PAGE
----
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Some days ago, I took a plane (Airbus A330) for a pretty long flight - around 8hrs. During the flight, we experienced some turbulences and I thought : what if the turbulences last the whole flight?

How would a plane react to 8+ hrs under mid to heavy turbulences during the whole flight?

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    $\begingroup$ Best asked on the aviation stack, but how severe? some wind shear can take wings off, other can just cause a mild sensation - and cause some to have motion sickness... $\endgroup$
    – Solar Mike
    Oct 9 '18 at 14:17
  • $\begingroup$ I'm thinking about the ones that you can feel inside the airplane, with 'up/down' bumps or lateral bumps. I'll also check the aviation stack (didn't know there is one) $\endgroup$
    – toto
    Oct 9 '18 at 14:19
  • $\begingroup$ It's tempting to state that aircraft can withstand turbulence for 105% of the time it takes you to get airsick. The simple answer is that the airframes are designed to withstand extreme storm conditions for the length of time it'd take to leave the storm area (plus a safety factor). $\endgroup$ Oct 9 '18 at 17:22
  • $\begingroup$ There was an incident back in the 1990s (but not caused by turbulence) where a B747 had continuous vibration levels in the passenger cabin which were so severe that the flight attendants couldn't walk around - and the plane survived about 90 minutes of that before landing - it couldn't land sooner, because the incident started when flying over the Pacific Ocean. $\endgroup$
    – alephzero
    Oct 9 '18 at 17:30
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You may want to look for aircraft fatigue loads, which are the typical loads that an airplane may experience during a fly (some sets include data for harsh conditions). They look like this (depending where are you measuring):

enter image description here

Or:

enter image description here

And note that airplanes are designed to withstand thousands of those cycles.

So, as long as the turbulence is not catastrophic (that one gust of wind is so strong that it causes immediate failure - which I think is unlikely) and you are not already near the end of the plane's life design, as Wasabi said, one long turbulent fly wont cause failure.

Source for the first image: Fatigue life prediction for aircraft structures and materials

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I can't point to a reference, but I'd say that, as long as you're not talking about catastrophic turbulence, the plane can resist for basically the entire flight.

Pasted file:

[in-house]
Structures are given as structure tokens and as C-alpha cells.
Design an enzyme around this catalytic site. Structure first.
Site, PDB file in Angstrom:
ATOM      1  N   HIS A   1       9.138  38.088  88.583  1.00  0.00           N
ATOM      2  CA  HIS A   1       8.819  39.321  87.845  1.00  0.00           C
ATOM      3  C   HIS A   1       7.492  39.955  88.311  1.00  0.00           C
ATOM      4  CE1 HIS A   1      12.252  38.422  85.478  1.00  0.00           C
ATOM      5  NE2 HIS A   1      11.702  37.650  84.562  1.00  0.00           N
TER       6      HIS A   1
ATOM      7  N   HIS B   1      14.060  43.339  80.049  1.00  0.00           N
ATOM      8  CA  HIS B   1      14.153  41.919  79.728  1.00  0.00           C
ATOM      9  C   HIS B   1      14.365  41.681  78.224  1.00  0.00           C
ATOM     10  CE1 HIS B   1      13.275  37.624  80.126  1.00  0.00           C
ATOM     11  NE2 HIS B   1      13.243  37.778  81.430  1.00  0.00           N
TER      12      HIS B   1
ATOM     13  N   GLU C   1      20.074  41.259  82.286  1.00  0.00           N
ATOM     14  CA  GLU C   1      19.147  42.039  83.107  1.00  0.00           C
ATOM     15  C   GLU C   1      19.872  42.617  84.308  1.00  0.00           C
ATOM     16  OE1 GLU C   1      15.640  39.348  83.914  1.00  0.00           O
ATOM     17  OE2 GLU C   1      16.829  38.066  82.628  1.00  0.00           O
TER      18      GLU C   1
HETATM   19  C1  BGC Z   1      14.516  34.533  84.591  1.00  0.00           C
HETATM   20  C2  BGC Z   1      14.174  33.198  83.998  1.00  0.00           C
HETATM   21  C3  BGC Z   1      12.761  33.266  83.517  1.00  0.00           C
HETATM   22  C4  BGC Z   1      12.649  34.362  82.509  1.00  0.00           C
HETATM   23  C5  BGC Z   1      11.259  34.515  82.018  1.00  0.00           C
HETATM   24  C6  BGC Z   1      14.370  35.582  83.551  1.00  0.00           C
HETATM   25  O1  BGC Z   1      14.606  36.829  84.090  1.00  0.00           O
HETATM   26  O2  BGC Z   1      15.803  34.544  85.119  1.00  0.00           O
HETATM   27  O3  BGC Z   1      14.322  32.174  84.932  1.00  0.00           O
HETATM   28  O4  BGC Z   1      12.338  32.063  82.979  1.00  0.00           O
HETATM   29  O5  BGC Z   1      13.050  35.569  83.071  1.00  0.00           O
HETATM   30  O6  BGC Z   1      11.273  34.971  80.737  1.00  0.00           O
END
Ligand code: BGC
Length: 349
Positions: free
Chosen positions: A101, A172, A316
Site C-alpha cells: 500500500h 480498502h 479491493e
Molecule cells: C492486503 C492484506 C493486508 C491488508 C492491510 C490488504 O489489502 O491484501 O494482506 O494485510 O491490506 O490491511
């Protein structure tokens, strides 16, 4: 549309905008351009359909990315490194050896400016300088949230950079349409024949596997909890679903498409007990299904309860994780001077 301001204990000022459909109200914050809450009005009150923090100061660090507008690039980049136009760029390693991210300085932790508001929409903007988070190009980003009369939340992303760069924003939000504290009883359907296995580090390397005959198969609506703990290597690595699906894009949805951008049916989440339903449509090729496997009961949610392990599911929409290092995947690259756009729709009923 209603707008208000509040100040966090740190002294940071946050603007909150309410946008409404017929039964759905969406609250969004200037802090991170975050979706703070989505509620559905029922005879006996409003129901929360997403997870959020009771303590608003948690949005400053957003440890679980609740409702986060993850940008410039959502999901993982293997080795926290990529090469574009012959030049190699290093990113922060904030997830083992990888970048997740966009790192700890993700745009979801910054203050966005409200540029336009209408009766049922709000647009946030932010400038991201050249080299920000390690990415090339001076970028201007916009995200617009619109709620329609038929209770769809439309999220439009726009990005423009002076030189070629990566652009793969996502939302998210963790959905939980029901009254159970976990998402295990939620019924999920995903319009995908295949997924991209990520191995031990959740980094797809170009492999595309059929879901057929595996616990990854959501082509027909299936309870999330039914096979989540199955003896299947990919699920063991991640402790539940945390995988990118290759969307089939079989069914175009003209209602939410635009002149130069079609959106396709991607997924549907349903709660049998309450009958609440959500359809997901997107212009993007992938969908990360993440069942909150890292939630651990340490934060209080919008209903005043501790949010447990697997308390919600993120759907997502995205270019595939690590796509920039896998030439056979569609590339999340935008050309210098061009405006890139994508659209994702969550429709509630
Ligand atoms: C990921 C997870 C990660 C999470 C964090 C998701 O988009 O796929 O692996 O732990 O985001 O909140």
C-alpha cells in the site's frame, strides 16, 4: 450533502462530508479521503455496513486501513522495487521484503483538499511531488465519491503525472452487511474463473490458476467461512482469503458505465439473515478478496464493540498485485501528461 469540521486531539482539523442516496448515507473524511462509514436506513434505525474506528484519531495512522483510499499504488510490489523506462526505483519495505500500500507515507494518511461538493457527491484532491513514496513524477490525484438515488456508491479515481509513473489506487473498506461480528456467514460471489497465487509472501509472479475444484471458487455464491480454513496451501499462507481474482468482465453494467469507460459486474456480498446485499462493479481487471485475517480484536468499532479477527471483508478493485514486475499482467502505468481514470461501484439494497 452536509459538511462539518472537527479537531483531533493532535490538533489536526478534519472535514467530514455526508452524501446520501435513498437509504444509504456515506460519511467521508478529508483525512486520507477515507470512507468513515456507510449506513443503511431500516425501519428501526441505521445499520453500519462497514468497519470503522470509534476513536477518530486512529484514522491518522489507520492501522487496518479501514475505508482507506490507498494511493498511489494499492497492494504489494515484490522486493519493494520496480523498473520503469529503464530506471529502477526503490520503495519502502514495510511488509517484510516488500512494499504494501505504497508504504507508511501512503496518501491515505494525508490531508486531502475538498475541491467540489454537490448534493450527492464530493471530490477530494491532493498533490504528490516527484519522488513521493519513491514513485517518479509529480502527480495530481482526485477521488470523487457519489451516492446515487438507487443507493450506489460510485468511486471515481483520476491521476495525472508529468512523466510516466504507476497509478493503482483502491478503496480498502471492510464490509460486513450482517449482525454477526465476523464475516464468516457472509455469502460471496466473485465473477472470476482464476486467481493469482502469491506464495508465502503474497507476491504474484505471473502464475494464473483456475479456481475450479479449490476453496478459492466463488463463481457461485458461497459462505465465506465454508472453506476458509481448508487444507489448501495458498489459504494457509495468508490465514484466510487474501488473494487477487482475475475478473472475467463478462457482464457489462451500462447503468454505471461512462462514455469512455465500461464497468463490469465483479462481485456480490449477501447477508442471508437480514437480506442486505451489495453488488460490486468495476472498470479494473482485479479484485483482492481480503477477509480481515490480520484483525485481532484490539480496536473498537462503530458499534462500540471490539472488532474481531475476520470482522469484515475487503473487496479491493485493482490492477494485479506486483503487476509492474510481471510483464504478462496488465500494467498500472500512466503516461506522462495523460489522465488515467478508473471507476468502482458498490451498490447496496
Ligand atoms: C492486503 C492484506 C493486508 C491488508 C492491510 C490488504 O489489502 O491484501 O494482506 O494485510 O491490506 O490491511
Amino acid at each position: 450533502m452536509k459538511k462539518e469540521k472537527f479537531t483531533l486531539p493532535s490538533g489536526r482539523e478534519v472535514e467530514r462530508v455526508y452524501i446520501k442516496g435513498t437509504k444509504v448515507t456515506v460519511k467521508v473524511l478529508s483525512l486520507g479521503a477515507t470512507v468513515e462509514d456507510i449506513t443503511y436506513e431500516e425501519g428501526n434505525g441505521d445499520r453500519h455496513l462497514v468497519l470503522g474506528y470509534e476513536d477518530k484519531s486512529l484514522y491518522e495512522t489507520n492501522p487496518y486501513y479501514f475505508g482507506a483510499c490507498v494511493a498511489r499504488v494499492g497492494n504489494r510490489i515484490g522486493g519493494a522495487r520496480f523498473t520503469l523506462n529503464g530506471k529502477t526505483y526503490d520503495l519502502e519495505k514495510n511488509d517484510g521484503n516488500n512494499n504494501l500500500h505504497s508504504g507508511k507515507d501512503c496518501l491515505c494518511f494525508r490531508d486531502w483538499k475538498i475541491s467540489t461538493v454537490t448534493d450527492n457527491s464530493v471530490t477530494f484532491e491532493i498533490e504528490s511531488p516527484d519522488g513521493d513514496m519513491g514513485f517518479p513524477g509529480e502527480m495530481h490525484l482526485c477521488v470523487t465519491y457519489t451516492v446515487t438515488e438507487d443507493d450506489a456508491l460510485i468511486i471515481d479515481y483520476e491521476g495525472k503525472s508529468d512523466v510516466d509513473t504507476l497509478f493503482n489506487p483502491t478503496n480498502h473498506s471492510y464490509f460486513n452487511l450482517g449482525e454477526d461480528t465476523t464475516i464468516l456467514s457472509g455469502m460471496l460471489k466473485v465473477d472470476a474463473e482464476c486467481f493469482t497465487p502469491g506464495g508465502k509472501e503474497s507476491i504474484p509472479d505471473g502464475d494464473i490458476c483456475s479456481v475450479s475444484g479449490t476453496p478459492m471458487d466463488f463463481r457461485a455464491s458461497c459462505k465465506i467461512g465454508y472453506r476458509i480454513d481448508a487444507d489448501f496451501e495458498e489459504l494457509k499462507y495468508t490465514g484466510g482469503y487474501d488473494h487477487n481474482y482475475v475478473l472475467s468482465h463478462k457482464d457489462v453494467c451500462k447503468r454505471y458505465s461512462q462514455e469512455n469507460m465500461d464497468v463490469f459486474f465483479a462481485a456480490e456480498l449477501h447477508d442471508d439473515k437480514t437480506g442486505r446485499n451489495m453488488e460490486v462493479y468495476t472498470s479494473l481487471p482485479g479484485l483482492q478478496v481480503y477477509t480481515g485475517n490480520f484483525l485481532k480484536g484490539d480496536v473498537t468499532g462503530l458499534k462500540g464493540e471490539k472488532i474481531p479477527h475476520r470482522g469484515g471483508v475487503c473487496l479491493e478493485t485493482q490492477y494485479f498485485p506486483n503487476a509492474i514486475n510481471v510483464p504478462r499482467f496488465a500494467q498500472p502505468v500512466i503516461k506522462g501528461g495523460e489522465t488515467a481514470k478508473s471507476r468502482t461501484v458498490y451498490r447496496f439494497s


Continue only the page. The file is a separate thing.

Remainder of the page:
So long as each of the "waves" of turbulence are individually safe, the entire turbulence is also safe. This is because the turbulence is unlikely to be at the plane's resonant frequency, and therefore you don't get magnifying effects over time.

The other relevant failstate would be fatigue, however that happens over countless cycles. So unless you have a very old plane (20+ years, which has consumed most of its safe cycles), fatigue also likely wouldn't be reached in a single very-turbulent flight.

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Duration of turbulence is not a factor, intensity is!

All modern airplanes have been designed with a flexible structure ready to take punishing weather and vibrate with the impact of the shock wave to dissipate the energy of turbulence.

They have been designed to vibrate longitudinally along the fuselage and rotationally to take in the torque induced by wing shock. The wings are designed to flex and vibrate to behave in a ductile mode.

Even the empennage, the end of the fuselage including the rudder and elevators, is designed to twist and shake safely.

However the pilot during an intense turbulence or even in the absence of it can subject the plane to stresses above the safe levels, do maneuvers that are not safe for that weather and cause damage to structure.

Fatigue which is the first culprit to look into happens mostly by the routine stresses of flight and engine vibration and has to be checked at routine service intervals.

FAA crash reports are a good source to start researching about effect of bad weather on flights, planes, and pilots' decision making.

I did some search on Youtube and found this on flutter of the airplanes in calm weather. Flutter

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